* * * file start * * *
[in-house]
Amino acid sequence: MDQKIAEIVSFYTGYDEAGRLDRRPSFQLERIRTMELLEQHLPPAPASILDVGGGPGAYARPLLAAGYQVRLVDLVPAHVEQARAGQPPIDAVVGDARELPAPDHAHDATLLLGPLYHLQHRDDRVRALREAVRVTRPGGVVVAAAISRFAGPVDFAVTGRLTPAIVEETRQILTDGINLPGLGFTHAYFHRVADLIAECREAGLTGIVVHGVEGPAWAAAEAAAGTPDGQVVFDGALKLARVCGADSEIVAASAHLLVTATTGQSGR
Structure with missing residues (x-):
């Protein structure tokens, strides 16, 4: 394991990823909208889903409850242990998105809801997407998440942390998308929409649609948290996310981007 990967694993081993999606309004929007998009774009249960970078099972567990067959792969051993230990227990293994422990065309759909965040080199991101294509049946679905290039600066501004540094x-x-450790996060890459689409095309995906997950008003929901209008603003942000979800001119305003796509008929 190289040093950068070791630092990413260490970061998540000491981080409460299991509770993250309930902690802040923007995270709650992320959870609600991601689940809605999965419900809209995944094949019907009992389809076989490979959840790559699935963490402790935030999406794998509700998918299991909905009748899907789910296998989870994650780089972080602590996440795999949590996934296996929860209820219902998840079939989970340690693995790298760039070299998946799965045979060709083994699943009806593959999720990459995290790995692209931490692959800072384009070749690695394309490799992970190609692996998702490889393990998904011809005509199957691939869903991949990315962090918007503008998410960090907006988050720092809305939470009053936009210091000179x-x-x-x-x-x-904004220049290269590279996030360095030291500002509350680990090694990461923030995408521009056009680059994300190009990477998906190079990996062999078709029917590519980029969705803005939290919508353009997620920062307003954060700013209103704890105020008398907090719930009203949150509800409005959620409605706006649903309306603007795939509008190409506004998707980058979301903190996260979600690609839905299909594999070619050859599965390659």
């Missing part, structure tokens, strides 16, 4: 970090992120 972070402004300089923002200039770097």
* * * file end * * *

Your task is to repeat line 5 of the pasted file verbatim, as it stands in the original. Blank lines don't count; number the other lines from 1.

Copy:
């Missing part, structure tokens, strides 16, 4: 970090992120 972070402004300089923002200039770097």